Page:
Call of Duty No Russian Legacy Modern Warfare 2

Makarov – “Remember, No Russian”

That phrase conjures up different memories for different gamers. Some will remember it as the start of another corridor shooter level in Modern Warfare 2, others will remember it as a harrowing scene that hit a little close to home, finally others will not have played it but may remember the poop storm that surrounded the games release.

Released in November 2009 Modern Warfare became one of the fastest and best selling games of all time (this has since been topped every other week it would seem). There are various reasons the game did so well, firstly the original Modern Warfare game broke the trend of all the World War II shooters we were experiencing and changed how multiplayer was presented, secondly the press had hyped the game to unprecedented levels, but not in a positive way. Early on before launch, when gaming magazines and sites started getting their previews word got out about a level called No Russian. For those that haven’t played the game the level saw you playing as Joseph who is an American soldier undercover with a terrorist cell run by Makarov, who is obviously a bit of a douche.

Call of Duty No Russian Legacy Modern Warfare 3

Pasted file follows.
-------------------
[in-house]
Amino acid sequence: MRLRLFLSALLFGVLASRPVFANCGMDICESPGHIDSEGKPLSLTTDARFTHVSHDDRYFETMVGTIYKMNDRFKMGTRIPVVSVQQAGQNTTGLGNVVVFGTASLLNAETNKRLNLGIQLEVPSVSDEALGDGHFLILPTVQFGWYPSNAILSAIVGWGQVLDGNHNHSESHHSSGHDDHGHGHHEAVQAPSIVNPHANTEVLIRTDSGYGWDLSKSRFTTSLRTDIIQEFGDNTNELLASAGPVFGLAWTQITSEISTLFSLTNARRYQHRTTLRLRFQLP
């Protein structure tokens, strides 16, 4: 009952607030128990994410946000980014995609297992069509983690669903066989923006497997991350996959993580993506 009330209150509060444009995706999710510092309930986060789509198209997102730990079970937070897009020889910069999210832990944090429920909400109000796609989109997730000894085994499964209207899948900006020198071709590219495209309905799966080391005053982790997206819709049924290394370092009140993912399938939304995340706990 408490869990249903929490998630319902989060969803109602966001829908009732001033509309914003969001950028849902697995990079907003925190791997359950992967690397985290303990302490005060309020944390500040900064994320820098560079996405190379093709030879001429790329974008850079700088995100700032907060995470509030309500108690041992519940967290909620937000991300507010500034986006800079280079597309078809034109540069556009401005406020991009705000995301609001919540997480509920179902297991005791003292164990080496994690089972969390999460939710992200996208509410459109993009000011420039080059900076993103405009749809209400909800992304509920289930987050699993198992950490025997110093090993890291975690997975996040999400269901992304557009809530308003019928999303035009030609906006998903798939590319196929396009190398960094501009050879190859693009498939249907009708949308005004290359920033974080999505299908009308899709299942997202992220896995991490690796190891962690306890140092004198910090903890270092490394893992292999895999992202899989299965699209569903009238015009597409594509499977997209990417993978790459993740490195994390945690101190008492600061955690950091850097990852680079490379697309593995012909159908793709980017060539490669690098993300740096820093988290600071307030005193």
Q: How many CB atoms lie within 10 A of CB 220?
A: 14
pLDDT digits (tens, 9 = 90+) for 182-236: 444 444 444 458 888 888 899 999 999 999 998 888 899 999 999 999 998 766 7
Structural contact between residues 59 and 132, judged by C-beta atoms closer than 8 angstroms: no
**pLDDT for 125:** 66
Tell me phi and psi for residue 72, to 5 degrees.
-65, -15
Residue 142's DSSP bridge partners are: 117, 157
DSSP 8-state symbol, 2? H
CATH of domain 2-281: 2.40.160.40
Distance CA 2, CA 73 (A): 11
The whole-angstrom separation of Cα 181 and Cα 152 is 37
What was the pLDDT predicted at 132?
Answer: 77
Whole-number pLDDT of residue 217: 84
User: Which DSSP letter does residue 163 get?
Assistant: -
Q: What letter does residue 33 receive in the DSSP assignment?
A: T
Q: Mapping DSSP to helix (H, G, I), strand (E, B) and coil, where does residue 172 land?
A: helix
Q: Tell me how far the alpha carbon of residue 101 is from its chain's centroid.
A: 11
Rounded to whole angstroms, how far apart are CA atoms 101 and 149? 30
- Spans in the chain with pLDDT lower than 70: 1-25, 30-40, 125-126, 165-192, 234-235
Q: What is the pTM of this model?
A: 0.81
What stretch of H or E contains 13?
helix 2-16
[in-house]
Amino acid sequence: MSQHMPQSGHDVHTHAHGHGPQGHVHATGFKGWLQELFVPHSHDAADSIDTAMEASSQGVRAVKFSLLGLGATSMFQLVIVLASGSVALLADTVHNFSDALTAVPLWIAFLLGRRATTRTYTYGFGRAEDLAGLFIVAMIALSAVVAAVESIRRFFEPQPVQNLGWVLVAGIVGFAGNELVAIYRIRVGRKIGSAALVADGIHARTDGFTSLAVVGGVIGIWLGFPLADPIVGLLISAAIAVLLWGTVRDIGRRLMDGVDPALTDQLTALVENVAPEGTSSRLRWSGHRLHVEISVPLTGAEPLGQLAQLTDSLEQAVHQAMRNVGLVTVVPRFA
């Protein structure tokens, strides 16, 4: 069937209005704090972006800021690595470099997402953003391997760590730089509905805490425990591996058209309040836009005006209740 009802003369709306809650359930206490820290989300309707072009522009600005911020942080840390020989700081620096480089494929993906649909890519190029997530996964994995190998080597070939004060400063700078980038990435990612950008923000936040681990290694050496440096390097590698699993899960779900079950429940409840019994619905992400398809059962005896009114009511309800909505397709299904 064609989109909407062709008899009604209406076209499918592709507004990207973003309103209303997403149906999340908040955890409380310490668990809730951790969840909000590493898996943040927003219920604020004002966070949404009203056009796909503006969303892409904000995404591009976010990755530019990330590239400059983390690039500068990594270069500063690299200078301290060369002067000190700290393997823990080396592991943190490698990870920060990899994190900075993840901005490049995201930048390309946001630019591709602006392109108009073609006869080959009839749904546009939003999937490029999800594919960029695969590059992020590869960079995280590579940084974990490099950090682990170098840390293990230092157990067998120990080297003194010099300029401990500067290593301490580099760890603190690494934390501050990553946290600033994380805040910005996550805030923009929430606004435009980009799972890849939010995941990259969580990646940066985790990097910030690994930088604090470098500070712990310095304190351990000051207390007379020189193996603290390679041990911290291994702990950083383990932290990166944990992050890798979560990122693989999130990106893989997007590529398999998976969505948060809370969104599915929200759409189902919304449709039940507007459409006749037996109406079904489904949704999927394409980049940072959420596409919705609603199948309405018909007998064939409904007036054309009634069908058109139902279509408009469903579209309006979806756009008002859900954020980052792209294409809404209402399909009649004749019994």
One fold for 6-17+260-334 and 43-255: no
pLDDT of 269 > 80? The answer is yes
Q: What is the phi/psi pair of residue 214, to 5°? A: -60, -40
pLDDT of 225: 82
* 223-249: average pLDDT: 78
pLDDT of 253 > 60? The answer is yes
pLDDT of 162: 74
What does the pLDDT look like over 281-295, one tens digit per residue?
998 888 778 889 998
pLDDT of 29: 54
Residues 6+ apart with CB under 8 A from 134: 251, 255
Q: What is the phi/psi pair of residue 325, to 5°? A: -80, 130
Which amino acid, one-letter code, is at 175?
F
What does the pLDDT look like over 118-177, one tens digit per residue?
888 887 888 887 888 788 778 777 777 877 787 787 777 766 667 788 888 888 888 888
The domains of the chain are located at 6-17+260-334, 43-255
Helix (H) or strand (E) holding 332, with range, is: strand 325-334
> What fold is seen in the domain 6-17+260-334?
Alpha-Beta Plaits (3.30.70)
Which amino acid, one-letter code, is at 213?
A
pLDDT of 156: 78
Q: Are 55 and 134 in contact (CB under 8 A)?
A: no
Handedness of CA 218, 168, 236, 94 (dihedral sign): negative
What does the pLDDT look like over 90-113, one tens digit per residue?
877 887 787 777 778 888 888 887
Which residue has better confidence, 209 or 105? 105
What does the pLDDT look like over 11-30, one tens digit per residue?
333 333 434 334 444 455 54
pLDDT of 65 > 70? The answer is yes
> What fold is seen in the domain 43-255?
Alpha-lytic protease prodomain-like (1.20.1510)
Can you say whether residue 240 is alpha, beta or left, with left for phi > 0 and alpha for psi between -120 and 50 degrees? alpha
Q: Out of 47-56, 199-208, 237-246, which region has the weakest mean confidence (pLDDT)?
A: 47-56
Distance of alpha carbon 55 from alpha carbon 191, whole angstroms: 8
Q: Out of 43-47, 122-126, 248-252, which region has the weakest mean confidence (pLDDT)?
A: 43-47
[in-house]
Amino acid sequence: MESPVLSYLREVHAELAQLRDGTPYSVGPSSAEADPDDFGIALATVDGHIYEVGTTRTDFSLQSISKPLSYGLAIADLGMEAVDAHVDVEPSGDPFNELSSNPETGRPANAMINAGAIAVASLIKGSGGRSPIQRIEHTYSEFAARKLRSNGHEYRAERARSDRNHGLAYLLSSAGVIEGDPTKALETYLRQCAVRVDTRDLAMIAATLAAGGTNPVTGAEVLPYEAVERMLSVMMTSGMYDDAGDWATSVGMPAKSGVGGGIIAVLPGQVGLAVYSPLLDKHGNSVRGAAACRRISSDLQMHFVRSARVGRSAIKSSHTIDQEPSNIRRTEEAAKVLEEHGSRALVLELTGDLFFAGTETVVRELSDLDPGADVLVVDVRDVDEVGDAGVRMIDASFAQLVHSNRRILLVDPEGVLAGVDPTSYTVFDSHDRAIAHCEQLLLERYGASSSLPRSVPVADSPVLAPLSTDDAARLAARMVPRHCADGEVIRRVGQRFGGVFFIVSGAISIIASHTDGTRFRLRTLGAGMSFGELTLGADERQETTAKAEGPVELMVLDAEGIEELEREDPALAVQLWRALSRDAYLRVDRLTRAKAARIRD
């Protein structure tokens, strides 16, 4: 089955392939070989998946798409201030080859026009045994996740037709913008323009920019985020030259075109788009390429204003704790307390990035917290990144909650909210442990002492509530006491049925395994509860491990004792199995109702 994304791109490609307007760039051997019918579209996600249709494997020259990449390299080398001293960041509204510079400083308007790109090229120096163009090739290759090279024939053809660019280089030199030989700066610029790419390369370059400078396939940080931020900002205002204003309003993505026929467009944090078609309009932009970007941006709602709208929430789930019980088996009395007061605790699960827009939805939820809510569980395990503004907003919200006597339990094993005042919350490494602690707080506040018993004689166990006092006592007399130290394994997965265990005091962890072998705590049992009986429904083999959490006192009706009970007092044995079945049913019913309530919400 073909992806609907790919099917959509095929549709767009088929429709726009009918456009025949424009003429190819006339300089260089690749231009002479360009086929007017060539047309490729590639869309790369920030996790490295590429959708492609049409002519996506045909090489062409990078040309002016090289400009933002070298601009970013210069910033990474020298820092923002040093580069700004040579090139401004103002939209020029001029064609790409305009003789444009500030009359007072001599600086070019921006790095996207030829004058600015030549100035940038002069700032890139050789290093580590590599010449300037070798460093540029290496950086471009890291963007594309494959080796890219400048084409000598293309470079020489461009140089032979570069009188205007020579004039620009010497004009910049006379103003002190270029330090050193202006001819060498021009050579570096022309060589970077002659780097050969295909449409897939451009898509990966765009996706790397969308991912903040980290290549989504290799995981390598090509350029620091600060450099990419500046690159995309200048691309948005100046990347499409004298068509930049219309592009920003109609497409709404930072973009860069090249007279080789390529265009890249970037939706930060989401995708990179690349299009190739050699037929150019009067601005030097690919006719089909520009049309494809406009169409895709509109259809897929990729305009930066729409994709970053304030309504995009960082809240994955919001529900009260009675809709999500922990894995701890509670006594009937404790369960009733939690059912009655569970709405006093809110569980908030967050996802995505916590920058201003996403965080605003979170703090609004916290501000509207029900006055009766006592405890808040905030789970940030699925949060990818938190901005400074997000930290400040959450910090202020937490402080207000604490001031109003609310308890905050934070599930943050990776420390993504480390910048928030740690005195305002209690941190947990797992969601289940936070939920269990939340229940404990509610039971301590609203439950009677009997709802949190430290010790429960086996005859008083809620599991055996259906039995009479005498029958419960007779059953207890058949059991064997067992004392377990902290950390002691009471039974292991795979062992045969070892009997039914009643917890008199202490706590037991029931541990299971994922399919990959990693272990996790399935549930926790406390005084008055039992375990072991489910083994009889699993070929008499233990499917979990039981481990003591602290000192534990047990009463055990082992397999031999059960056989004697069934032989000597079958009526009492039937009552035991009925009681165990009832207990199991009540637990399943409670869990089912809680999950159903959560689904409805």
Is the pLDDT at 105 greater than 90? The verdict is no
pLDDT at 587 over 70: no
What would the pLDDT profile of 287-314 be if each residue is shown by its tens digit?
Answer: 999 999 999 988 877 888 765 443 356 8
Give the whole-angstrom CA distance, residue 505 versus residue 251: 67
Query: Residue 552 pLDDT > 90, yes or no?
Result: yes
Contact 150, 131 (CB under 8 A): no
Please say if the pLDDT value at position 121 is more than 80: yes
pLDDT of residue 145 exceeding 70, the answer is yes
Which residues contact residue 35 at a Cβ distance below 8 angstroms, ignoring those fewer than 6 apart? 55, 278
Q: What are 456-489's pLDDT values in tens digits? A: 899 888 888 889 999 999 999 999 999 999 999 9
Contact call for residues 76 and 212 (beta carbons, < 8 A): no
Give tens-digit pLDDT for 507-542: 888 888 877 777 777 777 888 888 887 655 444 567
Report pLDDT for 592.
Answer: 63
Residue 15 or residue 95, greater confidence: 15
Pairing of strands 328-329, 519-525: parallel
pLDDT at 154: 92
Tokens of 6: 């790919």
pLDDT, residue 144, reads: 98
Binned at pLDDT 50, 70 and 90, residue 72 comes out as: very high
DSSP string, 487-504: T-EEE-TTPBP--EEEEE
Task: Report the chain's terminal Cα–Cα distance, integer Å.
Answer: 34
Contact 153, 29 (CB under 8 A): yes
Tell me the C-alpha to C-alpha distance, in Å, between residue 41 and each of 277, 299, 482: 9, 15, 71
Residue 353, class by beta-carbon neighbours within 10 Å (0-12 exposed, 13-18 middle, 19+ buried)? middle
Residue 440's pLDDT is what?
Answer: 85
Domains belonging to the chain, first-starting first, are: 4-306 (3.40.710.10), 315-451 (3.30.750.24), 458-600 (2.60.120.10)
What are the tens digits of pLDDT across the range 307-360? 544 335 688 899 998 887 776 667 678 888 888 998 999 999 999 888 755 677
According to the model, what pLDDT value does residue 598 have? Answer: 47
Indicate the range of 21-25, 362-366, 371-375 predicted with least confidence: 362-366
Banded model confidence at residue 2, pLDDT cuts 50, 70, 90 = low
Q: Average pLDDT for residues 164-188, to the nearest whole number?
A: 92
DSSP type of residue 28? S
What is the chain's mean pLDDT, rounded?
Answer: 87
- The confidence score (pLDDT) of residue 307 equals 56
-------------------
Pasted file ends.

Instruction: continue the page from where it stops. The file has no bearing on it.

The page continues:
Inside a Russian airport you are just given the objective of ‘Follow Makarov’s Lead’, as you begin in an elevator and wander through the international airport Makarov and your comrades start opening fire on the civilians. You as the player are given two options, you can either open fire or you can just watch as they’re mown down. The whole level can be completed without firing a bullet if you so wish.

The game caused people to lose their minds because, simply put, September 11th happened. I know it’s easy to blame 9/11 for most of the stuff these days, but I genuinely believe that certain parts of the western world weren’t aware of terrorism until that point. As such, even after an 8 year gap, having anything to do with terrorists in an airport is slightly going to rub people the wrong way, especially if it’s already in a digital medium that a certain aspect of society doesn’t understand.

Keith Vaz Anti Games Labour Politician

Anti-Video Game Labour Politician Keith Vaz (The one in the green tie)

In Germany and Japan the player got ‘Game Over’ if they shot a civilian, in Russia the level was flat out removed. In most over territories the start of the game had a notice saying there was a controversial level in the game and the player could skip it if they wanted. In the UK the monumentally naive politician Keith Vaz, who routinely attacks computers games for violent content, tried to get the game banned by parliament, this was until another Labour politician metaphorically bitch slapped Vaz by replying “[No Russian was] no worse than many films and books” and then continuing his verbal attack on Vaz with “[Vaz is] collaborating with the Daily Mail to create moral panic over the use of video games”, what a burn.

So the game came out and many people played it, some people have told me how uncomfortable the game made them feel, for me, I felt nothing, I have always had a logical viewpoint on life and to me I know where that line is between reality and games, I can point out the million differences so it had little to no effect on me as, simply put, it wasn’t real.